This is part of a series of posts showing you all the different ways you can approach the Cambridge Delta. They are designed to help you find out more about the course and what it involves, as well as helping you to choose the right way to do it for you, your lifestyle and the time you have available. If you’ve done the Delta (or any other similar higher-level teaching course, including a Masters), and you’d like to join in, let me know by leaving me a comment or contacting me via Twitter@sandymillin.
How did you do your Delta?
How did you arrange the modules?
Why did you choose to do it that way?
I did the Delta over a year or so, tackling one module at a time and moving house from Geneva to Hamburg in the middle. I started with module 3 because you need a class to use as a case study (I anticipated some time out of work after the move). Then I sat the module 1 exam shortly arriving in Hamburg. I studied with the Distance Delta for these two modules. Finally, I went to London for 6 weeks to do module 2 at International House.
What do you think you gained from doing the Delta?
If you had asked me that question immediately after completing the course I would have found it hard to answer. My head was so full of teaching approaches that for a while I was in a quandary every time I sat down to plan a lesson! Things get clearer with time, your brain needs some space to digest it all.
A year and a half down the line I think my answer is confidence.
I know that I have worked hard, have gained a lot of experience and that I have a grip on the theory that backs everything up. I know how to study by myself and I still try to do a little research before starting each new course. I want to make sure that I am utilising the methodology that will best help each particular student.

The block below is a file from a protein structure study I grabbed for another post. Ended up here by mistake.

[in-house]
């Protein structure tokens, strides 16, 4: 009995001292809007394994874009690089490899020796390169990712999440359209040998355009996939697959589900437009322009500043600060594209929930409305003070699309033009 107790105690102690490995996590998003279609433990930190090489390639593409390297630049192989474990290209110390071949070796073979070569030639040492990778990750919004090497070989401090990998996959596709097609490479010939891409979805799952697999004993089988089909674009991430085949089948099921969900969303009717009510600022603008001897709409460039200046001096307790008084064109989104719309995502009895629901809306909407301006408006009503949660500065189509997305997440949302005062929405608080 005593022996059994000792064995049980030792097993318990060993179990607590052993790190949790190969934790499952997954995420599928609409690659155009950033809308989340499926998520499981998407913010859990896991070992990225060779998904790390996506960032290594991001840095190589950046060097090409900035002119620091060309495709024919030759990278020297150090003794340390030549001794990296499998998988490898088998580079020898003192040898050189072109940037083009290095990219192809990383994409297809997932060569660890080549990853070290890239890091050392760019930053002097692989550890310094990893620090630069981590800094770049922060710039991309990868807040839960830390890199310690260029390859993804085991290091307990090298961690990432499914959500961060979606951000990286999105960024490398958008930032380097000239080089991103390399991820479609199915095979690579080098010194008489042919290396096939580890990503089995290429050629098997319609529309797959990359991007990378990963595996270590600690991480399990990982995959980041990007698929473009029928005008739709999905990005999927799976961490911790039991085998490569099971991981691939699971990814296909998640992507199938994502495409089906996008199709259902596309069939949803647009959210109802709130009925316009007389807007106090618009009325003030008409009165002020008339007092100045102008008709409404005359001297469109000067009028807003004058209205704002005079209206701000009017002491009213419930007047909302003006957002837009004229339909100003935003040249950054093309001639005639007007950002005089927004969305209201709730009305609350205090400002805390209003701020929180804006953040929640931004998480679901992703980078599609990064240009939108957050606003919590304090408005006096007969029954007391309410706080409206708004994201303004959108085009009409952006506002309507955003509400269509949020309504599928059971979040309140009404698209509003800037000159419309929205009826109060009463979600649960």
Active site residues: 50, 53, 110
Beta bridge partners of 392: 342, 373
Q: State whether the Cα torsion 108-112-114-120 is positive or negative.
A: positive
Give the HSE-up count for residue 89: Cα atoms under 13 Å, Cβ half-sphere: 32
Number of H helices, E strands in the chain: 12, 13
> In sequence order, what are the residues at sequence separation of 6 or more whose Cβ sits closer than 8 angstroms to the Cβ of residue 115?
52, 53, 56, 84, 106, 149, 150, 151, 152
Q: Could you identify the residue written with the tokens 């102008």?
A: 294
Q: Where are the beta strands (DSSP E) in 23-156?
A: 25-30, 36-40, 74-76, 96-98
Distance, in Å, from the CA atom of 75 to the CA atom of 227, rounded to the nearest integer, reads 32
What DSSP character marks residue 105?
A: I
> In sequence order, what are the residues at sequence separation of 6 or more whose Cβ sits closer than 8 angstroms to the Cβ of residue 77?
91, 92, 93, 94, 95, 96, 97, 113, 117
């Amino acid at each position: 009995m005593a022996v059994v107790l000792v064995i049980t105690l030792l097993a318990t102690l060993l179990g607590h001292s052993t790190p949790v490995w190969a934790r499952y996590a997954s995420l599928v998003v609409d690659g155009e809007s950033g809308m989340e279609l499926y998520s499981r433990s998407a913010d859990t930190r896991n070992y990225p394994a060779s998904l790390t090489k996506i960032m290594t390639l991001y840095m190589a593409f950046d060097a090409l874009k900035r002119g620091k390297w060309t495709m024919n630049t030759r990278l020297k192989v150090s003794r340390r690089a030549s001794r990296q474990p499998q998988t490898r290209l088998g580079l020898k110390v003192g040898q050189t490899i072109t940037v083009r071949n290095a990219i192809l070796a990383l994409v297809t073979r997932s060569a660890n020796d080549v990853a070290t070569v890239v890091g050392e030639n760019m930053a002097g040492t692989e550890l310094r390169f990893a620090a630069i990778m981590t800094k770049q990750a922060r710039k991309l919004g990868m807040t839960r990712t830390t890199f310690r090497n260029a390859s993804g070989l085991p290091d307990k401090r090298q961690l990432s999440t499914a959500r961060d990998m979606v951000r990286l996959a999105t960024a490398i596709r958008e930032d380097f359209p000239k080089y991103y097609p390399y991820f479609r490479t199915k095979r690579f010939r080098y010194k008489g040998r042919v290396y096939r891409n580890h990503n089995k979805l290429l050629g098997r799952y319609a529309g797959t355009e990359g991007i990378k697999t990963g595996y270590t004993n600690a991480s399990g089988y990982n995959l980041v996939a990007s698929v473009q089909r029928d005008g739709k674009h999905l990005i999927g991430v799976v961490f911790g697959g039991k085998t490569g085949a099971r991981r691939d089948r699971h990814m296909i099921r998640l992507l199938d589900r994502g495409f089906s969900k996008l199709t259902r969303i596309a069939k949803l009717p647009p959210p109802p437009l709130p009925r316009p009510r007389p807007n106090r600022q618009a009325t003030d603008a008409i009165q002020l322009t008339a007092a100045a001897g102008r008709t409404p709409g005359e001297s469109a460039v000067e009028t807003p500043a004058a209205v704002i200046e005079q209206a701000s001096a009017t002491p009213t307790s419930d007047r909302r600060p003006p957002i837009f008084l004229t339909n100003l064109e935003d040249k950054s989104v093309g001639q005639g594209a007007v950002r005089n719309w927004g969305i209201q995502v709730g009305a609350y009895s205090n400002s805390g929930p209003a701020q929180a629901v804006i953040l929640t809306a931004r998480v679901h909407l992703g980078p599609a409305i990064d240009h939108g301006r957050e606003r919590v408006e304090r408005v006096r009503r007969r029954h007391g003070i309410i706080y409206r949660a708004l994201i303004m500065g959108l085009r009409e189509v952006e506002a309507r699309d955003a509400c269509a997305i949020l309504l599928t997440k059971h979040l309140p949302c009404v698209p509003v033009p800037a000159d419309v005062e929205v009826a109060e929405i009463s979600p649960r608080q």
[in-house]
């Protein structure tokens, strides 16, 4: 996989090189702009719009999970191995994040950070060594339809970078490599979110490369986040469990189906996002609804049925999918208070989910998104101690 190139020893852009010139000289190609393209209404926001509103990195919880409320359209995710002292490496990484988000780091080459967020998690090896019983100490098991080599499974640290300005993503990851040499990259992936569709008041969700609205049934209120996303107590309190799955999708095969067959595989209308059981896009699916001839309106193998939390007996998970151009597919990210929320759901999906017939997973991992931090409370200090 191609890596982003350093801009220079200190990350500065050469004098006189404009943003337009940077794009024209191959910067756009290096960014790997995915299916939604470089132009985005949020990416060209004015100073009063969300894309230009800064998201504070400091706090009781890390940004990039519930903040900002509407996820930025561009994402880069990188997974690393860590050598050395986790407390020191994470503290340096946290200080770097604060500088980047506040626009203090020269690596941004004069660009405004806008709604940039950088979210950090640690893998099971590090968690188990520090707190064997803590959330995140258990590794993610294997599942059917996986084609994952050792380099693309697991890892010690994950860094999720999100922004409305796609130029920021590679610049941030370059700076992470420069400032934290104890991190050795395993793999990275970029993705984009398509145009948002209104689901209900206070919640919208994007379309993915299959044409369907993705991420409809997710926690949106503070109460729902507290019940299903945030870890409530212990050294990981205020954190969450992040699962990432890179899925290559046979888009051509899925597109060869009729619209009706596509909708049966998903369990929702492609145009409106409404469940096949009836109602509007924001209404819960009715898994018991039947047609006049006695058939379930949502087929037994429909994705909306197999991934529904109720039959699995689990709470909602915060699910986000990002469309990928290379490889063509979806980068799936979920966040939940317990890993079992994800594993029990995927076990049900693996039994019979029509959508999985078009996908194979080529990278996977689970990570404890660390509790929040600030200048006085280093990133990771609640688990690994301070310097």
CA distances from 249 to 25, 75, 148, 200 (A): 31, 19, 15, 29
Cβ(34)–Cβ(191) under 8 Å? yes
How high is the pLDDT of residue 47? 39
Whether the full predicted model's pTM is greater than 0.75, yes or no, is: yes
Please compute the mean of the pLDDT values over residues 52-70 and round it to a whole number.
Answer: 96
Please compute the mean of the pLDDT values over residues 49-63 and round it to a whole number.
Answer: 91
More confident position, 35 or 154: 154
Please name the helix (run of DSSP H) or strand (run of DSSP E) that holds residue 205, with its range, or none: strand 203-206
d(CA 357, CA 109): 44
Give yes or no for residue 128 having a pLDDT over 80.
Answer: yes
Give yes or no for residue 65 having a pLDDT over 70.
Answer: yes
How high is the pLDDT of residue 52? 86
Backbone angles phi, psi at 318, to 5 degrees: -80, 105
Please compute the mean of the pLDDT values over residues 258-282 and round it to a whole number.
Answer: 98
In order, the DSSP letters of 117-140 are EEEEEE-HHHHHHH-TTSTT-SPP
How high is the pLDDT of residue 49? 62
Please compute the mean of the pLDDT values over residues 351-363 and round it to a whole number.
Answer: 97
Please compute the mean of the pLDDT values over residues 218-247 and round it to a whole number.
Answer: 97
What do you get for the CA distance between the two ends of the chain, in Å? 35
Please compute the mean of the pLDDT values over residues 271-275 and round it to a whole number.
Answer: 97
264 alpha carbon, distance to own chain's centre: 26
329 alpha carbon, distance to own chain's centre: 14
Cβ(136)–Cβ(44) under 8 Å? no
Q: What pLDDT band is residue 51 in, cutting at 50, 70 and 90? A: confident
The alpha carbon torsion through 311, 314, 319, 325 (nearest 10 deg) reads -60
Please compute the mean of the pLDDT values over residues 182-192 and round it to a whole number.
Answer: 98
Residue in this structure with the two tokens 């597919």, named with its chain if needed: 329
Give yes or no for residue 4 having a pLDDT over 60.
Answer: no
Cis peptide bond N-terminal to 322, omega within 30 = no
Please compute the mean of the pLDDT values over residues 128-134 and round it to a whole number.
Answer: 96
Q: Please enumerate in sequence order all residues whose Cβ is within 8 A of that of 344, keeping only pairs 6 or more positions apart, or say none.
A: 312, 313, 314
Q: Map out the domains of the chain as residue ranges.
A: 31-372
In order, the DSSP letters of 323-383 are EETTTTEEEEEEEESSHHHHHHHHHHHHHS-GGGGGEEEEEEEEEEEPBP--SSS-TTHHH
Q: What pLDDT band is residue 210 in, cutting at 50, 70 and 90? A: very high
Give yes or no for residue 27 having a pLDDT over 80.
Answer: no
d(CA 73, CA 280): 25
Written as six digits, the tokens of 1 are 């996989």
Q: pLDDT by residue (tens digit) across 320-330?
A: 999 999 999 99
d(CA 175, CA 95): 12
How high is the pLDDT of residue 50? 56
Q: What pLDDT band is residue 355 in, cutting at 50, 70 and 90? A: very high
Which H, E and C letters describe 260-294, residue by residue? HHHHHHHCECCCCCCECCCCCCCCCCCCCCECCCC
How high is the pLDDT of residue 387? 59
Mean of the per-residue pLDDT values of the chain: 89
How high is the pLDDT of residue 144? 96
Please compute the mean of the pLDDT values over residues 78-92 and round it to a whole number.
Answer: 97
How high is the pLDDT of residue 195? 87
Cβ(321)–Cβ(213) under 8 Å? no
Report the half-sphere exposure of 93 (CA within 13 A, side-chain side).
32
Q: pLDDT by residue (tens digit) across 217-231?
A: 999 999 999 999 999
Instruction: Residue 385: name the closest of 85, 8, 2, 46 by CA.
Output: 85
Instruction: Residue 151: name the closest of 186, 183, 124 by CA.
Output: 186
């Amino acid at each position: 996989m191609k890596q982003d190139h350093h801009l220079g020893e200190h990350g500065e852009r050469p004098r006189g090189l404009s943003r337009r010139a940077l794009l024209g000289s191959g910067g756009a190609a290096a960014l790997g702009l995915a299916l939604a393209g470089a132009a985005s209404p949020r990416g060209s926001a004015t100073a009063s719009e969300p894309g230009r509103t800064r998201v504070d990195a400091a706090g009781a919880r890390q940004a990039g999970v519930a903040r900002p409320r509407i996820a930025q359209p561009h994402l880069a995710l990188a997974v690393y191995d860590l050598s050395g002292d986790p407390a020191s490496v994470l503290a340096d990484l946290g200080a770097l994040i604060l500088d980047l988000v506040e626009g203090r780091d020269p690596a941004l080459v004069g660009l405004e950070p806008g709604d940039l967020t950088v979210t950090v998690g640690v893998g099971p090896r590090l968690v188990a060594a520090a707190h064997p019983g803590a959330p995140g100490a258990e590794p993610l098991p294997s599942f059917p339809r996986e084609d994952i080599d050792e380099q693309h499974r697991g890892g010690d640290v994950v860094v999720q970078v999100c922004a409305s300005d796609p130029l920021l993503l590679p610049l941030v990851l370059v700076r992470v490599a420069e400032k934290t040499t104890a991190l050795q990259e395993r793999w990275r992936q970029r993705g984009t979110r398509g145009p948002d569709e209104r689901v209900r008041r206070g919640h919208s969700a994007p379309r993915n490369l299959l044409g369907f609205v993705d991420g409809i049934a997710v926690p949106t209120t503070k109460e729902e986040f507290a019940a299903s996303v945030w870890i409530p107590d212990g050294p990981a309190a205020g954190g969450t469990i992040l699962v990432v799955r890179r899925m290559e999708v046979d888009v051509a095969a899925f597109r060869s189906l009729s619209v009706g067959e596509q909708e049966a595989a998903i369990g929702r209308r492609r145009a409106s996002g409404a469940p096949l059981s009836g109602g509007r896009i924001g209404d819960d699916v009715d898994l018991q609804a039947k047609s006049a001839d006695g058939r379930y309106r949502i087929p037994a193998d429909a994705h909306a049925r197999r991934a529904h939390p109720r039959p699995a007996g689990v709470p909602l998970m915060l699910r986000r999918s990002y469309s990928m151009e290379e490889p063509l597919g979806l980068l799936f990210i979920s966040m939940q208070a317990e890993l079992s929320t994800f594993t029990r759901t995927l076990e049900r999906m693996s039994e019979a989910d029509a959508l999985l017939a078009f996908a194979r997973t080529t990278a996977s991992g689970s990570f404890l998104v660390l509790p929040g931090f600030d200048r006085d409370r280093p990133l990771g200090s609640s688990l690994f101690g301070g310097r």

How much time per week would you estimate you needed to spend working on the Delta in the format you chose?
If you are looking at the Distance Delta, be aware that you will probably need a lot more time than they estimate on their website. I found I needed almost double their suggestion. This was a common observation on the participant forum!
What were the downsides of the method you chose?
Studying at home is not always easy. I remember having all my books spread out on the kitchen table and glancing nervously at the clock as it got closer to dinner time, knowing I would have to pack up and clear out the way! Of course there is also the issue of motivation.
Module 2 in London was difficult as I was away from my family for several weeks. And one should never, never underestimate how intensive it is! There were tears. I’m convinced that is the case on every full time Module 2 course (and the intensive Celta for that matter!).
What were the benefits of the method you chose?
I was able to combine Module 3 with work. And Modules 1 and 2 fit in nicely and kept me busy while I was establishing myself in a new country and did not have much in the way of work.
What tips would you give other people doing the Delta?
- Do your research, there are so many different ways to take the course, find out which route is really the best for you.
- Be aware that it will be intense and sometimes painful – always keep in mind why you are doing it!
- Revel in the chance to take time out and examine our profession, it is a rare opportunity.
- Consciously step back and watch your teaching improve!